EU finance ministers wrestle with recession
European Union finance ministers Tuesday gave
British plans to insure toxic assets a lukewarm reception at talks in Brussels designed to organize a collective response to the bloc's recession and
malfunctioning credit markets, dpa reported.
"(British Chancellor Alistair) Darling briefed us about the contents of this package, which has lots of interesting ideas," said Czech Finance Minister Miroslav Kalousek, who chaired the meeting as holder of the EU presidency.
But responding to the credit crisis "in a coordinated fashion does not mean that all countries will choose the same instruments," he said.
The centrepiece of Darling's plan, launched soon after Royal Bank of Scotland (RBS) announced possibly the biggest losses in British corporate history, involves a massive insurance scheme to protect banks from so-called toxic assets.
By capping banks' potential losses, the government hopes to encourage them to restart lending to businesses and consumers.
But Kalousek said one of the main difficulties involved in assessing the plan was that it would likely "take time for such instruments to take effect".
German Finance Minister Peer Steinbrueck also expressed "scepticism" at the plan, which Britain has hailed as a model for Europe.
But it elicited a more favourable response from European Economic and Monetary Affairs Commissioner Joaquin Almunia.
"The measures announced by the UK government are very interesting. There are aspects that deserve further and immediate discussions," he said, adding that the European Commission would soon be providing guidance to EU member states on how to dispose of bad assets.
There was, however, no disagreement on the fact that European financial markets have yet to fully recover from the global credit crisis, which reached its apex with the collapse of US investment giant Lehman Brothers in September.
"The situation now is clearly better than two or three months ago. But we all agree that the functioning of credit flows is not adequate. This is a matter of priority," Almunia said.
As Steinbrueck said prior to Tuesday's talks, "clearly, the necessary trust has not been restored."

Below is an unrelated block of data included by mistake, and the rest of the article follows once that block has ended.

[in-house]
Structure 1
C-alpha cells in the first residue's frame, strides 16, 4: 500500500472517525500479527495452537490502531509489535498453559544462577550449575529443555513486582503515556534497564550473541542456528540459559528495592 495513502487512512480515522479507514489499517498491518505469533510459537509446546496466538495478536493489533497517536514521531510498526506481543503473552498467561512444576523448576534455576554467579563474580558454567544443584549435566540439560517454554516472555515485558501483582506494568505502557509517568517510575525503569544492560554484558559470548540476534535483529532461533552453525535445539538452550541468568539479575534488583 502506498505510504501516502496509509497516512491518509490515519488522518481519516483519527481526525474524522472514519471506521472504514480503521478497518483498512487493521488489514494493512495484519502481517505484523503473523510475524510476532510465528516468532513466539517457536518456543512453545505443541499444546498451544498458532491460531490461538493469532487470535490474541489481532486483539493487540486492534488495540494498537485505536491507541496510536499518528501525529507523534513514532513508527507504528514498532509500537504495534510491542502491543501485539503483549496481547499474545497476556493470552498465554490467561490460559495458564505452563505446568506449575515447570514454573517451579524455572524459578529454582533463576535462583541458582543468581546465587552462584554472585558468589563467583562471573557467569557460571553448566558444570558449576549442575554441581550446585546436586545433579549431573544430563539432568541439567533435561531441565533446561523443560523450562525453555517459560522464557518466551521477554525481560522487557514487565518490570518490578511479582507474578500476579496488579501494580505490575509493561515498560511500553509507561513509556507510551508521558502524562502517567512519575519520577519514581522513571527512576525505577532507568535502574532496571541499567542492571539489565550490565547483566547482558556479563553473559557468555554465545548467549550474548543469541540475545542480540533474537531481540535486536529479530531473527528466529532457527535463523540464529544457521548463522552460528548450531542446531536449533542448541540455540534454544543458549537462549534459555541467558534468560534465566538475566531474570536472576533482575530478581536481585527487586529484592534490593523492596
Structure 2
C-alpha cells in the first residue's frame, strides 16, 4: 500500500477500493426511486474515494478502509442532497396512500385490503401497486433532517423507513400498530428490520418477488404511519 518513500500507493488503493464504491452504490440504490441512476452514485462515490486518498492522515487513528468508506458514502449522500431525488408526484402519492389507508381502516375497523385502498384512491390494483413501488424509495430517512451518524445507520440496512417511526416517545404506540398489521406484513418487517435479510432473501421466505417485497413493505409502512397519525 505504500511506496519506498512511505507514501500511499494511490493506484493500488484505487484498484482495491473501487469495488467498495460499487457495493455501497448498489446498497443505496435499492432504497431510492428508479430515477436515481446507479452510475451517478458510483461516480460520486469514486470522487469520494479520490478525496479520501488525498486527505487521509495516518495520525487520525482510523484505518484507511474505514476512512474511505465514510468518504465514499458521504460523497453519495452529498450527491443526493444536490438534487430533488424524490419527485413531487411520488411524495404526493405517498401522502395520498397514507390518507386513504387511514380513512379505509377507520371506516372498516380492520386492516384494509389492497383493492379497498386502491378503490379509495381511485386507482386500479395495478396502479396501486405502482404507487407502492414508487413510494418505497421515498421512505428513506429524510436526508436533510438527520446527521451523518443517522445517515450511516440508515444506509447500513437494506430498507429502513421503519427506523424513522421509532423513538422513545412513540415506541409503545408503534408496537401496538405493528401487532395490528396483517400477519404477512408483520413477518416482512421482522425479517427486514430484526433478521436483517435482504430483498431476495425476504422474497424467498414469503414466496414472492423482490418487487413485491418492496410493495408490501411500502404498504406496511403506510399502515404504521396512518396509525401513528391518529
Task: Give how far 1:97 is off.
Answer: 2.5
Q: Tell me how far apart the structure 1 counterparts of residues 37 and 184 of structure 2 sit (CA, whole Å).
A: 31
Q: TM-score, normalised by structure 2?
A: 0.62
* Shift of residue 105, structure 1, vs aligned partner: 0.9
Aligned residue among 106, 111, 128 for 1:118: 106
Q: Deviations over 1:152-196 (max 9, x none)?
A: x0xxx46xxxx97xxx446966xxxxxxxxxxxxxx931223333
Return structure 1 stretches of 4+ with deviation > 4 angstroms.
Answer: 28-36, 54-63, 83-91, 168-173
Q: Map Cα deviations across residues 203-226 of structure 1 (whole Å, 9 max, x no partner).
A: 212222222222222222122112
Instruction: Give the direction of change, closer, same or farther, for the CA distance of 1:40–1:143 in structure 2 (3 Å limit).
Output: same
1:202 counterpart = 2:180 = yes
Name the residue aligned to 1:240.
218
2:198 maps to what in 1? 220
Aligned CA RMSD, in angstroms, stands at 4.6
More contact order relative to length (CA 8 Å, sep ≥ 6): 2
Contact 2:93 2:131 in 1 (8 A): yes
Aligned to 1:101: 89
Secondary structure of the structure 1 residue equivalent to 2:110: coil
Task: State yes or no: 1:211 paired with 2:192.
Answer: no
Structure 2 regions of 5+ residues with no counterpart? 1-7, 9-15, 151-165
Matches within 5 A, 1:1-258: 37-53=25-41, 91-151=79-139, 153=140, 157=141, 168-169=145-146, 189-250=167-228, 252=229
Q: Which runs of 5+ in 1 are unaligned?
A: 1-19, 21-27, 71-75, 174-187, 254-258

Shortage of credit is one of the underlying causes of the deep and prolonged recession which Europe faces this year.
On Monday, the European Commission issued fresh economic forecasts predicting a 1.8 per cent drop in the EU's gross domestic product (GDP) in 2009. GDP in the 16-member eurozone, which excludes many fast-growing countries from Eastern Europe, is set to shrink by 1.9 per cent.
Discussions in Brussels focussed on the implementation of the various economic recovery plans that have so far been put together by national governments.
Officials in Brussels say 18 such plans, totalling some 190 billion euros (250 billion dollars) over the next two years, have so far been submitted to the European Commission.
By far the biggest stimulus package - 82 billion euros spread over 2009-10 - belongs to Germany, the bloc's largest economy.
At their meeting, ministers agreed on the need to accompany such temporary measures with structural reforms designed to improve Europe's long-term competitiveness.
Furthermore, ministers vowed to stick to the EU's strict competition and state aid rules.
And while acknowledging that their budget deficits would likely breach EU rules as a result of increased public sector spending during the downturn, ministers said they remained "fully committed to sound and sustainable public finances."
Spain and Greece have already had their credit ratings cut over the worrying state of their public finances, with experts predicting Portugal and Ireland may soon suffer similar downgradings.
Finally, ministers formalized a 3.1 billion-euro (4.1 billion- dollar) loan to Latvia designed to help the Baltic country cope with the global credit crunch.
The EU loan, which had already been approved in principle by EU governments, is part of a 7.5 billion-euro balance of payments support package which includes assistance from the International Monetary Fund, the World Bank and individual countries such as Denmark, Norway and the Czech Republic.